Though India opened up its stock markets to foreign investment, the bond markets are yet to welcome foreign investors. The inclusion of India in global bond indices next year could end the era of isolation. It would also put the country firmly into the global financial map. The inflow of foreign funds has done matured the Indian markets and made them robust. Foreign funds have also helped the Indian investors in multiple ways.
Participation of foreign investors in the Indian bond market can also do wonders on a number of fronts. One, it will improve the chances of domestic corporates to access capital. It would also make the capital cheaper. Morgan Stanley has predicted that this single development would drive down the cost of capital by 50 basis points.
Two of the concerns of rating agencies are high fiscal deficit and high current deficit. India has recorded a current account surplus in more than one quarters in FY21 and FY22. With a surge in direct and indirect tax revenue, the government is in a better position to rein in fiscal deficit despite increased expenditure due to the pandemic.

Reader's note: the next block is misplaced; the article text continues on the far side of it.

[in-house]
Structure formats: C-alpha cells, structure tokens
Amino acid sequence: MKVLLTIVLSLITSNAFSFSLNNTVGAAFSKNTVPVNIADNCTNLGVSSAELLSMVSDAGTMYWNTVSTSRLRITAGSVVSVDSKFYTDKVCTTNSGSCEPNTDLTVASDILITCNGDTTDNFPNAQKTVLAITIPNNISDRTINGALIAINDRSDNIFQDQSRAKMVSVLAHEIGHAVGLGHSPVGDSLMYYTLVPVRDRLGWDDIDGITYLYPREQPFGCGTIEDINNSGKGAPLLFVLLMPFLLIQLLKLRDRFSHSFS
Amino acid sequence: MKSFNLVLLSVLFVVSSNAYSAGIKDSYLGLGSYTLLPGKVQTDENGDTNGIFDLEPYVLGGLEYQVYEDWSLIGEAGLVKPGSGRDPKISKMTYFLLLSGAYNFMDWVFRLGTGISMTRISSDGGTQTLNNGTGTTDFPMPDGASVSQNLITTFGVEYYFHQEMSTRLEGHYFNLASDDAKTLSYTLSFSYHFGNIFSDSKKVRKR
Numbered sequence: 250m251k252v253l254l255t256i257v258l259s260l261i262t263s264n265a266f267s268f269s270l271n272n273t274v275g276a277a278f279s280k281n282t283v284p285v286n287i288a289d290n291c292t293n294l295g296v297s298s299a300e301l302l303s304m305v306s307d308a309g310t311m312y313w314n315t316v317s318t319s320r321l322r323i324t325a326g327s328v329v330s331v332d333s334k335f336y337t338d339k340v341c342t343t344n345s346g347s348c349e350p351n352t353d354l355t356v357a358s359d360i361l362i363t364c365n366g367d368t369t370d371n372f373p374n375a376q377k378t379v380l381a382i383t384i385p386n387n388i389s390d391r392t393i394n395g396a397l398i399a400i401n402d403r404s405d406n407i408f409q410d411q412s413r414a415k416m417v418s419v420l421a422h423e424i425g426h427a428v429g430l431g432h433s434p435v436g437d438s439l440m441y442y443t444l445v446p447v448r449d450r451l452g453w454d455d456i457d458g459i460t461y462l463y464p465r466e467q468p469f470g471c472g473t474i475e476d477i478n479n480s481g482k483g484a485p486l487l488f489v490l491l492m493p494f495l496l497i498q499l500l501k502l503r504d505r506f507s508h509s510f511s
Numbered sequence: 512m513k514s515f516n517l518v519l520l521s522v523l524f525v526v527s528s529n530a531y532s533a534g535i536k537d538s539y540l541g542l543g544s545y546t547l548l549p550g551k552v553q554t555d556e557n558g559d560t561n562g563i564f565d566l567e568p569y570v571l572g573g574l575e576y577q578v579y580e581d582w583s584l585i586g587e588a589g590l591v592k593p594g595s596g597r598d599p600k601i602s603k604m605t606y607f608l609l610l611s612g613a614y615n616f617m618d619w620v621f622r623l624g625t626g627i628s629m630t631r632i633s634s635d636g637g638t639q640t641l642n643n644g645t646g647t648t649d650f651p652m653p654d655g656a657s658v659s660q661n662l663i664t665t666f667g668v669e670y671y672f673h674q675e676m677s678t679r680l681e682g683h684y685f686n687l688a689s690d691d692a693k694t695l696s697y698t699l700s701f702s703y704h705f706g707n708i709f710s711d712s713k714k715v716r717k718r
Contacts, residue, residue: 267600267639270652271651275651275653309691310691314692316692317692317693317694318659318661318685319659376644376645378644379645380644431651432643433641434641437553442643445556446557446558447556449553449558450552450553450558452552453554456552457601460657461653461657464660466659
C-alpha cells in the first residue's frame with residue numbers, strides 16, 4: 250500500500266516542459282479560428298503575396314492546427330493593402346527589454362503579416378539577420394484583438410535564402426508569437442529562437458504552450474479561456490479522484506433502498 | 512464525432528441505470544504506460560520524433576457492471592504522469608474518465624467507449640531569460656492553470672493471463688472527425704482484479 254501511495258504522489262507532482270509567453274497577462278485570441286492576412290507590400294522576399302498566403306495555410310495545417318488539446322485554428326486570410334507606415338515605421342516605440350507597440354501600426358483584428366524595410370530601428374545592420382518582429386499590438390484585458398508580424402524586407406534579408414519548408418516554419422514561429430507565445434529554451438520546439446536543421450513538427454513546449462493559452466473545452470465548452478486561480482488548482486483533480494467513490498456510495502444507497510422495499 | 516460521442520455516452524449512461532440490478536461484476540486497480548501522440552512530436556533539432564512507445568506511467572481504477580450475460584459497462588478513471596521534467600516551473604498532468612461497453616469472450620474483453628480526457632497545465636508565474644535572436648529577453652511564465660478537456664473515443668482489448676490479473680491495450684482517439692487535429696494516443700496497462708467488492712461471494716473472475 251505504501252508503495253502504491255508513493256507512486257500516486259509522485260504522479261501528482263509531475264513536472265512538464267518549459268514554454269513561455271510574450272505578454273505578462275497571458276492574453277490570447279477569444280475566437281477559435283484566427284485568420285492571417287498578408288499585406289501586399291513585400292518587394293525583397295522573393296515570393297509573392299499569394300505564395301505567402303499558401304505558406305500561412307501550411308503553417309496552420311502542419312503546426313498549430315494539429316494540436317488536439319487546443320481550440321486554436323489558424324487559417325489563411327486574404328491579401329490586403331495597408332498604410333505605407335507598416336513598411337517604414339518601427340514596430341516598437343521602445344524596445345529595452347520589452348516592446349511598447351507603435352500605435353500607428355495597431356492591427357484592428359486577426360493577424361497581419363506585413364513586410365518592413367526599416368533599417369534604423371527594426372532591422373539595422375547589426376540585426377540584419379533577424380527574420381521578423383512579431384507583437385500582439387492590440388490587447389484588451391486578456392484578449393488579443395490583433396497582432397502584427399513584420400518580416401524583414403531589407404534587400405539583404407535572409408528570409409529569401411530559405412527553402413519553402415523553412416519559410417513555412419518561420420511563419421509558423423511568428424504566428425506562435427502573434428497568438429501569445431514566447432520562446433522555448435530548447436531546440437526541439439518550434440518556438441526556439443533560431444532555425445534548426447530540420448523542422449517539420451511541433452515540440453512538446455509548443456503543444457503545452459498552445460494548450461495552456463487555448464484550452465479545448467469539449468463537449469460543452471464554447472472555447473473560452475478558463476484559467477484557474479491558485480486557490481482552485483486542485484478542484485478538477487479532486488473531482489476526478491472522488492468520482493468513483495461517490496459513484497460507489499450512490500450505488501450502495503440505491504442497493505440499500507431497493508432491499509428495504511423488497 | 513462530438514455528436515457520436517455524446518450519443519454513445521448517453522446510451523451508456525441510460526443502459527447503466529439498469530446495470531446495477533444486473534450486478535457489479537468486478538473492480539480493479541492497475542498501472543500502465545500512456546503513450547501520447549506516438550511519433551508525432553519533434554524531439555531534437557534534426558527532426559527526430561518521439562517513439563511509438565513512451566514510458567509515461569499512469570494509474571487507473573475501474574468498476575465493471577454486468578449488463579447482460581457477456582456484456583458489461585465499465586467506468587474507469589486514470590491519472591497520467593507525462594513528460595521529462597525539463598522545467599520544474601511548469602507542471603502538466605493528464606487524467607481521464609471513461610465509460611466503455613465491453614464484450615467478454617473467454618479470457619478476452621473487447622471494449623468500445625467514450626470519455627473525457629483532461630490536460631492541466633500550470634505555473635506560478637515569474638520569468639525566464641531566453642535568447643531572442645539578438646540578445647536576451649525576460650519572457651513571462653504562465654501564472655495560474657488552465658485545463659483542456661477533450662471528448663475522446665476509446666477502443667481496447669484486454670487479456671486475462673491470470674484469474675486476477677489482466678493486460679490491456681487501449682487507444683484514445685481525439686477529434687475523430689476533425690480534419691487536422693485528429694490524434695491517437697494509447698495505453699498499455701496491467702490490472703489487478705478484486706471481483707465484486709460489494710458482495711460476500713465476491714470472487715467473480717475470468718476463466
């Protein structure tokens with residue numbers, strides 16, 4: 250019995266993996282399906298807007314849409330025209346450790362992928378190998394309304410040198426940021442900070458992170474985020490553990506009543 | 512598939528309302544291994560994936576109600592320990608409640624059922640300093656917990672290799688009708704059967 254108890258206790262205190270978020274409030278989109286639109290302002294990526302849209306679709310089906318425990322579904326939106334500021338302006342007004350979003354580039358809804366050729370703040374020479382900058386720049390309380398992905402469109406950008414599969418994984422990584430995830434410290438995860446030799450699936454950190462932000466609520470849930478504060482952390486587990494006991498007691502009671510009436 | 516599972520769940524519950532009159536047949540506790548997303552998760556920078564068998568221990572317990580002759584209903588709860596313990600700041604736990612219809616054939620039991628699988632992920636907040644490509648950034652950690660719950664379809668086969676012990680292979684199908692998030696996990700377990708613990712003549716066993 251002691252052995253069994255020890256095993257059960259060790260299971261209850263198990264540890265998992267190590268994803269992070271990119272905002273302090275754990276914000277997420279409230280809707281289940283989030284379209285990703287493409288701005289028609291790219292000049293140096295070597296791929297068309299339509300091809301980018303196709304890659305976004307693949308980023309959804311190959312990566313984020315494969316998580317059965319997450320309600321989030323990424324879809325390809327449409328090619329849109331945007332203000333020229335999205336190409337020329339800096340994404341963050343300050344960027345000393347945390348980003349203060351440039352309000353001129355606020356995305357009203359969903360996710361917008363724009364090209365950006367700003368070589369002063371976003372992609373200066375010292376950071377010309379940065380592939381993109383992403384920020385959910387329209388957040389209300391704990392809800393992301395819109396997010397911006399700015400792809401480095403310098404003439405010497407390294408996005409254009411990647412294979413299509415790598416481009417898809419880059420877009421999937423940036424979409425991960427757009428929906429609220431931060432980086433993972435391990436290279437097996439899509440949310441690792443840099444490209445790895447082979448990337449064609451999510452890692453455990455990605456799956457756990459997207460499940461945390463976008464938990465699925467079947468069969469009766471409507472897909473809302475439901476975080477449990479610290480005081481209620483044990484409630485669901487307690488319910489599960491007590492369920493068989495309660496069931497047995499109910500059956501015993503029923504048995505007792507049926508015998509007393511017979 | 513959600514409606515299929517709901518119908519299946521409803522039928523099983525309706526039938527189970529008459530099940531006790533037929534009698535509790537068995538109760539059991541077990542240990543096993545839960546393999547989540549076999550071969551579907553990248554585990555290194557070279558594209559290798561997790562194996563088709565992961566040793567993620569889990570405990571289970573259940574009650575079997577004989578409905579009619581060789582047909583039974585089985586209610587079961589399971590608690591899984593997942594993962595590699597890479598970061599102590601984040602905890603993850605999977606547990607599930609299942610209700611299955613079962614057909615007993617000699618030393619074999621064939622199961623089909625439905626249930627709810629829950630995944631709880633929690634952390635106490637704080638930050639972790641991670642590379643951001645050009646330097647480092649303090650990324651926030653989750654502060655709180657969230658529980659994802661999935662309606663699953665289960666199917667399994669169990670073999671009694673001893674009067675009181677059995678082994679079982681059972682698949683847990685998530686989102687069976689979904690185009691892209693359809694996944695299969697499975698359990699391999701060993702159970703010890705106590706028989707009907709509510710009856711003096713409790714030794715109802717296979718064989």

The inclusion of India in the bond index would also help the country maintain investment grade rating from rating agency majors, which is a persistent irritant for our policymakers. An investment grade rating would itself attract huge flow of capital into the country. In the next 10-year window, it can bring in $170-250 billion in the bond market alone.
The inflow of hard currency can regularly raise the value of the rupee against the dollar. It might be a concern for exporters, but it would help essential imports such as crude oil that has major repercussions on the economy. It was an irony that a country of 1.35 billion people with one of most vibrant stock markets in the world did not have a place in the bond indices. Hopefully, it would end in early 2022.
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